Well, to give those of us cruelly left behind by the Rapture something to do, I suggest taking a look North-East just after sunset. At this time of the year we’re treated with and excellent (and improving!) view of the constellation of Virgo who, at the moment, is the host to the Planet Saturn. The other easily visible object in Virgo, is it’s brightest star: Spica – which, when combined with Saturn mark the only two bright objects quite high in the North-Eastern Sky (lying on a horizontal line). Lower down, just above the horizon, is the brilliant, orange Arcturus.
Why bother looking at Virgo? Well Virgo is packed with galaxies, home to 11 Messier objects and contains more exoplanets than you can “shake a stick at” (i.e. 26). The three most incredible though are M104 (the ‘Sombrero Galaxy’), M87 (a gorgeous radiogalaxy) and the beautifully named “3C 273” the brightest quasar visible from Earth.
Each object worthy of an entire blog post by itself, the most visually spectacular is probably the Sombrero Galaxy, so named for obvious reasons! 3C 273 was the first quasar to be discovered, an object over 3 BILLION light years away. So what we actually observe is this quasar as it appeared 3 billion years ago, light has just taken that long to reach us. Quasars themselves are the brightest objects in the universe and are disks of matter surrounding super-massive black holes at the centres of large, ancient galaxies.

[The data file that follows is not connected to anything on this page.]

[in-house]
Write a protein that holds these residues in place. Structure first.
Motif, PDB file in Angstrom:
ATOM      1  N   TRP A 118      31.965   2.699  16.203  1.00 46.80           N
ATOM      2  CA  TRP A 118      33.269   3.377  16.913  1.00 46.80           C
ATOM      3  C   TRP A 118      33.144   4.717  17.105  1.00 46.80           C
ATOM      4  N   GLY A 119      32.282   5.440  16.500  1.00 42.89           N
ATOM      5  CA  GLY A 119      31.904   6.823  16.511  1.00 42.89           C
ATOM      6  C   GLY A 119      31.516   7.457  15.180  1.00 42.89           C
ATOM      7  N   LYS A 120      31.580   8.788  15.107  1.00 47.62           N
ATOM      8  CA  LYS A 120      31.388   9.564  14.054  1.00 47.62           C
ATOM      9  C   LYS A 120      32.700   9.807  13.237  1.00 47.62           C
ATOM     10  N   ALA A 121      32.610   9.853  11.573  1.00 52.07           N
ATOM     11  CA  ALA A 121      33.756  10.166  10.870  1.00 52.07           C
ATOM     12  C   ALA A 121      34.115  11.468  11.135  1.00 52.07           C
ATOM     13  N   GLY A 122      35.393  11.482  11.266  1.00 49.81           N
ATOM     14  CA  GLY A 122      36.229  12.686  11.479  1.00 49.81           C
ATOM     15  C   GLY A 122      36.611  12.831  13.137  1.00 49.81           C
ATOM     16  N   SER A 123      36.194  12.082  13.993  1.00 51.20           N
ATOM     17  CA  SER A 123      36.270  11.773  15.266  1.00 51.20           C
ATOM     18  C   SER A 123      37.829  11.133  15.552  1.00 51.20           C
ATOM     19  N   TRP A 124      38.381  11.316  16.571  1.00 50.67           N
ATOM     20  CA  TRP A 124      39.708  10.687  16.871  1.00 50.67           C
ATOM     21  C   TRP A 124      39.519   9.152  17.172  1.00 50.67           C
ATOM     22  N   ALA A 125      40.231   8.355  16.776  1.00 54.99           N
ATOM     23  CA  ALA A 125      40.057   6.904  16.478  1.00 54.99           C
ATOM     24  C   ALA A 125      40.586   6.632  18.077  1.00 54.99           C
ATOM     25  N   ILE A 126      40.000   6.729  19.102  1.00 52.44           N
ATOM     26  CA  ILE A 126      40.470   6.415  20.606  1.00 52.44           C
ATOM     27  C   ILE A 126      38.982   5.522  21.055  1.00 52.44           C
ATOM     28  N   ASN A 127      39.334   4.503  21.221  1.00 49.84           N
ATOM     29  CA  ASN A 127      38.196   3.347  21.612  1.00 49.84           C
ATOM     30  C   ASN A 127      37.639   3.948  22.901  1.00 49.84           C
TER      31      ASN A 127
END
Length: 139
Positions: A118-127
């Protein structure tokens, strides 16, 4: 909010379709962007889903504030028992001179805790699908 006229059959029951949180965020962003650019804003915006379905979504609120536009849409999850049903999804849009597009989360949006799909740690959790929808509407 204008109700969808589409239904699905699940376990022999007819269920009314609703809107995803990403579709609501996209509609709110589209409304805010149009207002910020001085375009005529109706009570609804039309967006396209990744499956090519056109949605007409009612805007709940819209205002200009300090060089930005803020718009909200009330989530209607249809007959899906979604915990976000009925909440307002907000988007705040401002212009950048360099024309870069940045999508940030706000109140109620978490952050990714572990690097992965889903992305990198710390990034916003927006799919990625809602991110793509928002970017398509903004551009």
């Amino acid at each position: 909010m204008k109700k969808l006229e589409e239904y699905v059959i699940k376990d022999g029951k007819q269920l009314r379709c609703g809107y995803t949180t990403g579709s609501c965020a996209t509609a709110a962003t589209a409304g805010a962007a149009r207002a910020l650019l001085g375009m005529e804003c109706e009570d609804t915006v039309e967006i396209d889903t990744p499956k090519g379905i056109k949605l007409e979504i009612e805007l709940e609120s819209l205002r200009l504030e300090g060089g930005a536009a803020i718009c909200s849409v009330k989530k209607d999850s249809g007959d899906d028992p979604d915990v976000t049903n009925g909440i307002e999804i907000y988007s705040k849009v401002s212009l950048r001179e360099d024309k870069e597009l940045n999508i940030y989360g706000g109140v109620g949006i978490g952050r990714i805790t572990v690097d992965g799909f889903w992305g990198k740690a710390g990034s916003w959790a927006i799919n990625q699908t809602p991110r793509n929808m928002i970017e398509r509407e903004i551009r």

Last but not least is M87. A simply magnificent ‘radio-bright’ galaxy with a massive ‘jet’ of material shooting outwards from the black hole at its centre. Sometimes words just don’t suffice so:
“The Universe is not only queerer than we suppose, but queerer than we can suppose.” – J.B.S. Haldane
If it meant missing out on discoveries like this – then I for one am glad I missed out on being Raptured.